Last updated 12/31/21
I’m not a lawyer, but I have voiced an attorney in multiple audiobooks. Just because an author has passed away or isn’t easily discoverable, or the book is out of print, doesn’t mean you’re free to create the audiobook of her book!
Before you can record an audiobook, you must do due diligence to determine whether the book is in the public domain or still under copyright. When a work is still under copyright, the rights holder is the person or company that owns the audio rights to the book. The rights holder (RH) will receive the royalties from the sale of the audiobook.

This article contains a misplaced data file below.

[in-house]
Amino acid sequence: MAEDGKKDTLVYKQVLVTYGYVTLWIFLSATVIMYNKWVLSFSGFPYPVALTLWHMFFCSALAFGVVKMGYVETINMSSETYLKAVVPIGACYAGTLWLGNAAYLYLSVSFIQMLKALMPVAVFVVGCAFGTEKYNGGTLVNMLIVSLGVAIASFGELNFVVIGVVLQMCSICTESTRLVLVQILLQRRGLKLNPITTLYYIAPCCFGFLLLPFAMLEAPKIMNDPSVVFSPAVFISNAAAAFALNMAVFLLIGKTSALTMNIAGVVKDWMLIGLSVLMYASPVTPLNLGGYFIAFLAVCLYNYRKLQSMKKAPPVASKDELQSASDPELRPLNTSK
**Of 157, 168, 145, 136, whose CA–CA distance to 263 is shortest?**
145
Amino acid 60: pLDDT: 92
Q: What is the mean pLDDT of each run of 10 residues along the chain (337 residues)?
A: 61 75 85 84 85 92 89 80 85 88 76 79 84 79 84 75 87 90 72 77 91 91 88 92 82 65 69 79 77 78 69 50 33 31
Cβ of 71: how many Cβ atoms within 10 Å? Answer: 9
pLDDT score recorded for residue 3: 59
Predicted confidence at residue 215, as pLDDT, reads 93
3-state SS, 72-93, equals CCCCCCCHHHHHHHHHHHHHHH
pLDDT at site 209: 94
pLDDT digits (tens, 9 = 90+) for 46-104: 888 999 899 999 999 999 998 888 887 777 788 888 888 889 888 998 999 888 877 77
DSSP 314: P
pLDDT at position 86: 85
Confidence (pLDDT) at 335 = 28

If the book is still copyrighted, the RH could retain the audio rights and hire you as an independent contractor to produce the audiobook. You also could license the audio rights and become the rights holder. If you’re interested in this second option, I highly recommend you purchase my webinar with attorney and audiobook producer/director/distributor Jessica Kaye on this topic using the link on my Shop page.
The links on this page will help you understand the copyright laws in the US and UK and do your research to determine whether a book is in the public domain or find the rights holder for books still under copyright. By the way, members of my site NarratorsRoadmap.com have access to an exclusive video where I demonstrate how to use some the sites listed below. I also offer members a number of links not listed here, including some collections of potential public domain books I found on Hathitrust.org.